As if that wasn’t radical enough, the engine sent its power (around 250 hp) to the front wheels, doing away with the propshaft and placing the driver closer to the ground. Daring as its design was, the Monaco-Trossi proved utterly worthless on track. It only took part in the 1935 Monza GP, and even then, it didn’t last beyond a few practice laps. The engine’s weight hanging ahead of the front axle caused severe understeer issues, but its driver didn’t have to put up with it for long, as insufficient airflow around the engine soon caused it to overheat. Perhaps unsurprisingly, the Monaco-Trossi remained a one-off, preserved in Turin’s National Automobile Museum collection.

In the 1930s, Revelli emerged as one of the leading advocates of the “streamlining” trend. In collaboration with engineer Rodolfo Schaeffer, he conceived the Fiat 1500, which was launched in 1935 and played an important role in popularizing this new aesthetic in Italy.

Mario Revelli Di Beaumont Fiat 1500 side

After World War II, Revelli continued collaborating with Fiat and Turin’s most prominent coachbuilders before heading to Detroit in 1952 to work on GM research projects. Upon his return to Italy in 1955, Revelli established a new design consultancy, with French automaker Simca among his best clients.

The small Simca 1000 and 1300 sedans may not be the most glamorous designs in Revelli’s back catalogue, but they were undoubtedly the most successful, at least in quantitative terms. Introduced in 1961 and ’63, respectively, the Simca 1000 and 1300 stayed in production well into the 1970s and sold by the million before Chrysler took over Simca and ran it into the ground.

In 1967, the Copper Development Association approached Mario Revelli to create a show car meant to promote the use of copper in the automobile industry. The result was the Exemplar I, based on a Buick Riviera and lavishly decorated in 11 distinct hues of copper alloys. Amazingly, not only does this one-off prototype survive to this day, but it could be yours, provided you can live with its looks and meet the $750,000 asking price. Still, Revelli’s customers must have been happy with the exercise, given the fact they commissioned a follow-up model in 1972. Unimaginatively called Exemplar II, and built from a donor Oldsmobile Toronado, its fate is unknown.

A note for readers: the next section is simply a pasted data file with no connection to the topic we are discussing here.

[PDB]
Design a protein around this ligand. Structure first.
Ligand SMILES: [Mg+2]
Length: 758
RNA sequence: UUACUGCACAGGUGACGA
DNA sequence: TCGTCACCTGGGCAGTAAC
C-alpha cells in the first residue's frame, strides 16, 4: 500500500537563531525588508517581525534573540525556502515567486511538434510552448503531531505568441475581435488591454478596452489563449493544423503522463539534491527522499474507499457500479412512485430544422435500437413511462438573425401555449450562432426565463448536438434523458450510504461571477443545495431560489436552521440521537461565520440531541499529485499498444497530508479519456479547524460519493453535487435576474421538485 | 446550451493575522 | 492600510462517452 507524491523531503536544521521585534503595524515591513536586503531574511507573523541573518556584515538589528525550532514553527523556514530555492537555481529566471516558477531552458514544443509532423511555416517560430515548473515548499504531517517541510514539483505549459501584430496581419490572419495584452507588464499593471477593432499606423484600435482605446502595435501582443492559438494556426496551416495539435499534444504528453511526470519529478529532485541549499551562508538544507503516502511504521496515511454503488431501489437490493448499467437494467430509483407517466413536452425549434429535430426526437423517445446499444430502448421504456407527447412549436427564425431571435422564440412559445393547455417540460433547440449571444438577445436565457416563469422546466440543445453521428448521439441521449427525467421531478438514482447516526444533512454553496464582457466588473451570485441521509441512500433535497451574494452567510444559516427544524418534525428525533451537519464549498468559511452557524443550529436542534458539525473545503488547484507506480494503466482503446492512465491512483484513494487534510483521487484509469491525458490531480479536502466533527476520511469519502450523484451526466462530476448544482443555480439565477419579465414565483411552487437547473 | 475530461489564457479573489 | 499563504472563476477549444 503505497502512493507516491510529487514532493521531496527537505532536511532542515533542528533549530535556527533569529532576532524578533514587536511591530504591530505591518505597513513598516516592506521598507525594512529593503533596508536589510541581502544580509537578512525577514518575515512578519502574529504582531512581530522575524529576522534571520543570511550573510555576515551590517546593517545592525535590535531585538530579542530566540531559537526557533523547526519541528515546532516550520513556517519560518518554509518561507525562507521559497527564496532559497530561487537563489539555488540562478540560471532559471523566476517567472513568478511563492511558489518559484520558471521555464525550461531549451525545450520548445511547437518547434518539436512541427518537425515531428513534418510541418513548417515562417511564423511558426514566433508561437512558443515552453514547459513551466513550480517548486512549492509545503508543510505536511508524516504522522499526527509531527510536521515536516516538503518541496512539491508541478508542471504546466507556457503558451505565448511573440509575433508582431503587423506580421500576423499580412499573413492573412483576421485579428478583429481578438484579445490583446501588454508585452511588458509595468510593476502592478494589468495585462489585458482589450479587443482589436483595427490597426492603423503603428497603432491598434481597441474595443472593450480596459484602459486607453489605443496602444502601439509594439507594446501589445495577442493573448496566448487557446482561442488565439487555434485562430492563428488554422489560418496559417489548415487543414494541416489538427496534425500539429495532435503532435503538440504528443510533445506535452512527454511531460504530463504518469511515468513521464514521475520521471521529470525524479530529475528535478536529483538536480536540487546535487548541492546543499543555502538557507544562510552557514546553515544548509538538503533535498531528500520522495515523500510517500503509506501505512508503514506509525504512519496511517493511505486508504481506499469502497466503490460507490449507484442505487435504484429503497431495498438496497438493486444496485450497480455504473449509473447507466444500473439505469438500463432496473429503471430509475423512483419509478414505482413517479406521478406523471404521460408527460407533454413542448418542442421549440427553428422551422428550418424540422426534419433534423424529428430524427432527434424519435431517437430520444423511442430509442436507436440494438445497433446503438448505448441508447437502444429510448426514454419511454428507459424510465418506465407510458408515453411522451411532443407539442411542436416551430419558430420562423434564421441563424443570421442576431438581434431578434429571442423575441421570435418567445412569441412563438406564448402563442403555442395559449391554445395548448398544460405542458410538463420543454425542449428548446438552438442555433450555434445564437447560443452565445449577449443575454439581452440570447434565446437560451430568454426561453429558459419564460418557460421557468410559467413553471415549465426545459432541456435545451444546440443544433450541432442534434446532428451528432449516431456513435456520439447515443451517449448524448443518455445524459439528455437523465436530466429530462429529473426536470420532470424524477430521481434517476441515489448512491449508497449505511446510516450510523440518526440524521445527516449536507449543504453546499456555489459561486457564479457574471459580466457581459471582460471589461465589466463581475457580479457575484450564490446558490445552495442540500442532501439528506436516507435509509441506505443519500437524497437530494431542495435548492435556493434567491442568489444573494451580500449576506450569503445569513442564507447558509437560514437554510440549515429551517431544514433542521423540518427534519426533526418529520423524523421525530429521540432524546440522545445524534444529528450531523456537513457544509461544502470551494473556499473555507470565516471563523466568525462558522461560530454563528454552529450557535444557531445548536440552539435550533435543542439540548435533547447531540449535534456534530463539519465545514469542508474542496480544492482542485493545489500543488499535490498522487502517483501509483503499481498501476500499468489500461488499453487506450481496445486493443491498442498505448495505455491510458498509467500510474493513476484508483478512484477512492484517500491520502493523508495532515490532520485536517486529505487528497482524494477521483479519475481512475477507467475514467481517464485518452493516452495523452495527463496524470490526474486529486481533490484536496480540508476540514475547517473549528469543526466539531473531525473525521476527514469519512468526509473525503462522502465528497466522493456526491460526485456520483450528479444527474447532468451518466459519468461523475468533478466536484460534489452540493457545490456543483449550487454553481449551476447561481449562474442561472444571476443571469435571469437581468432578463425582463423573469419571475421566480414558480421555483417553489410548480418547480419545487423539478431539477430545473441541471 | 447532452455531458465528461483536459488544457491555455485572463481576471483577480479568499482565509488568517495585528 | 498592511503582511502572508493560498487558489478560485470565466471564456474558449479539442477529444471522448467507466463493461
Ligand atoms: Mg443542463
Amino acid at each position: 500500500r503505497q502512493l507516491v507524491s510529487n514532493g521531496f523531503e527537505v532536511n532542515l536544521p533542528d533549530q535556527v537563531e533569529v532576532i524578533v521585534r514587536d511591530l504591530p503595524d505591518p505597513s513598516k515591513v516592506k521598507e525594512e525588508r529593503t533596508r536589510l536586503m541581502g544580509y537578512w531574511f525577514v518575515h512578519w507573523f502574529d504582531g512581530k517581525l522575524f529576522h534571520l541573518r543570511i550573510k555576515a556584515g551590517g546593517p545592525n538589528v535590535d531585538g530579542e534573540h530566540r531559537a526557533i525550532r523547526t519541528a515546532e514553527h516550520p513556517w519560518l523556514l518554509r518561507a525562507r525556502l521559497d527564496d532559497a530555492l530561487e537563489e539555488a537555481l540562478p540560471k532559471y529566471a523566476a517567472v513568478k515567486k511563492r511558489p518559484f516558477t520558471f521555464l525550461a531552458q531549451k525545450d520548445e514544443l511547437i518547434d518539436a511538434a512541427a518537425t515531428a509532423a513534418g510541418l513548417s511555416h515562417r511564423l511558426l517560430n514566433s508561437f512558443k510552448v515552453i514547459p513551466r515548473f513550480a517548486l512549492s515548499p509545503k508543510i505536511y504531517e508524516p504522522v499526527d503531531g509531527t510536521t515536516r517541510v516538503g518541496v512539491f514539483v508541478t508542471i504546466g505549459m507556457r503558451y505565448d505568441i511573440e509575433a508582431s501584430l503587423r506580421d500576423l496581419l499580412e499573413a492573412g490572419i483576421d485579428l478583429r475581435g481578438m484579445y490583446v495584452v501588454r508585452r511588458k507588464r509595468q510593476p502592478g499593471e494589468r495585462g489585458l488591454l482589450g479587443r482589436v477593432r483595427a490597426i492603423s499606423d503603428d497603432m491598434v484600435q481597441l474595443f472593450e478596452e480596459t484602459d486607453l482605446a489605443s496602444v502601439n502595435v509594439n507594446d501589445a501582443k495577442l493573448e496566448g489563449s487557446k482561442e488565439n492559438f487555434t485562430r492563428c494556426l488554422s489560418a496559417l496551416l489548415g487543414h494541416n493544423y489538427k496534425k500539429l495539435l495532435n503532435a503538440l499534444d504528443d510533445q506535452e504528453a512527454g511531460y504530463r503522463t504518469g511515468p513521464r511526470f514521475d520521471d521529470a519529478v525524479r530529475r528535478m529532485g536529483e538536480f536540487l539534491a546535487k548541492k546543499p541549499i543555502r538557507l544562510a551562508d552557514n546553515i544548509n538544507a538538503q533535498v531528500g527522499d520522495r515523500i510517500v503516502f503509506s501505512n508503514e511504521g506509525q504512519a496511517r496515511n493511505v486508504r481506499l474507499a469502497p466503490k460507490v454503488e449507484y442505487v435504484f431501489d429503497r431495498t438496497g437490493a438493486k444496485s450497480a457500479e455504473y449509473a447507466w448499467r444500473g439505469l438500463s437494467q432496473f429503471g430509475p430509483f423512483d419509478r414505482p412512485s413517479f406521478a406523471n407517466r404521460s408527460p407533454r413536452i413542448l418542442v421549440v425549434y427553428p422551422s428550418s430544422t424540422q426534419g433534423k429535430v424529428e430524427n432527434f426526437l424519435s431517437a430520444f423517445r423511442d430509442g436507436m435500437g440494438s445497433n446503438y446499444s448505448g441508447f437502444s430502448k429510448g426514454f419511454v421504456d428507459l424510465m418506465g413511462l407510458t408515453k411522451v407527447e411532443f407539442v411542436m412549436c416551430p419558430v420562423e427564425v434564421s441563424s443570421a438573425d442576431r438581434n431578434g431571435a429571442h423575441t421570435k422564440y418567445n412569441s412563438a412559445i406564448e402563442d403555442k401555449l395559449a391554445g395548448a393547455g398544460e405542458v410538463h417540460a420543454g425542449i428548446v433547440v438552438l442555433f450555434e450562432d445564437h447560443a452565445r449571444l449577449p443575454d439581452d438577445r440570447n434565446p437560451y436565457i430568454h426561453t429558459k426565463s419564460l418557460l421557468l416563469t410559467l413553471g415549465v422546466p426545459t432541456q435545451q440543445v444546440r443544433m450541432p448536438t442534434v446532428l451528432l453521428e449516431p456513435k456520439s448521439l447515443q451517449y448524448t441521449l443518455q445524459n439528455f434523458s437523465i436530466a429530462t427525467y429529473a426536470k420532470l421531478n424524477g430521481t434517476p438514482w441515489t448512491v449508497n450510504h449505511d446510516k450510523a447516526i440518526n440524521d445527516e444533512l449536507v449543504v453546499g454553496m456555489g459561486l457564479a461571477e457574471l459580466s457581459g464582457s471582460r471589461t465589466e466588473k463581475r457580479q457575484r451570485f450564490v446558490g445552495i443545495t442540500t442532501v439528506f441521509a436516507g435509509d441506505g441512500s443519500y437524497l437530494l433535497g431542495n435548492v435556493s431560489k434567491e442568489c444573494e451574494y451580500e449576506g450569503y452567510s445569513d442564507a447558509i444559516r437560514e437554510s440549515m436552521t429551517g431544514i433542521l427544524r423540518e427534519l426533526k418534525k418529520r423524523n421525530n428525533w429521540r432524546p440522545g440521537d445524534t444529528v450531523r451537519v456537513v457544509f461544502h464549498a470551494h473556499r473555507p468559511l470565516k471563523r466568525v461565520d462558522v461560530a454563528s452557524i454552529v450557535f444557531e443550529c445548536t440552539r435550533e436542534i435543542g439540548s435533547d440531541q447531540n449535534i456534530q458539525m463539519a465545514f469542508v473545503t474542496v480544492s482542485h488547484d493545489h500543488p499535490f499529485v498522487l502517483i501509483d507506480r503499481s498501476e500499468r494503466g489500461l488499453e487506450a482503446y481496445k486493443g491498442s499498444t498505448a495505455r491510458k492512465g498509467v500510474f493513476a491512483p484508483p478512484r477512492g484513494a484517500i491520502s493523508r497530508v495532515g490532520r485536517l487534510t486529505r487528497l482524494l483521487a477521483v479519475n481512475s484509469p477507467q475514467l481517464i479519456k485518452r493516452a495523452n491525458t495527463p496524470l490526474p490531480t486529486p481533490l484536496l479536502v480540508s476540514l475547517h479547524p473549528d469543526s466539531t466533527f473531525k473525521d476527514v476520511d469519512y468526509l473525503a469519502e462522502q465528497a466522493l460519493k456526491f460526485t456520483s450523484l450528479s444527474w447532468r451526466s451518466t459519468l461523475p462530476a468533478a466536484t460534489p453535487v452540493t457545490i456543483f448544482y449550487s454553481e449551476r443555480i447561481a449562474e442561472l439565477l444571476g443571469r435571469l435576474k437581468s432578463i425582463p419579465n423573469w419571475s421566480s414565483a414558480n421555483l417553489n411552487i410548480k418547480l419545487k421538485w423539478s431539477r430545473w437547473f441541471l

Mario Revelli Di Beaumont passed away in Turin in 1985. He never became a truly famous name, but over a career spanning five decades and two continents he left a mark on automobile design history the size of which any current professional would envy.




Matteo Licata received his degree in Transportation Design from Turin’s IED (Istituto Europeo di Design) in 2006. He worked as an automobile designer for about a decade, including a stint in the then-Fiat Group’s Turin design studio, during which his proposal for the interior of the 2010–20 Alfa Romeo Giulietta was selected for production. He next joined Changan’s European design studio in Turin and then EDAG in Barcelona, Spain. Licata currently teaches automobile design history to the Transportation Design bachelor students of IAAD (Istituto di Arte Applicata e Design) in Turin.

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    Well written article Matteo. I certainly didn’t know about this designer. It seems to me somehow all roads lead to Agnielli and/or Fiat.

    Look forward to reading more about the Italian motor world.

    That 1935 Fiat 1500 looks very much like the 500 (Topolino) that was in development since 1933. Wonder if Ravelli was involved in the body design.n

    How do you build a 16 cylinder radial. All the radials I’ve seen or heard of have an odd number of cylinders per row, so even if it was a 2 row, that would require 8 cylinders per row.

    The 508 Sport Balilla was the high water mark for sure. One of the very few prewar cars I’d be interested to own. I suspect the prices of these would be quite lofty.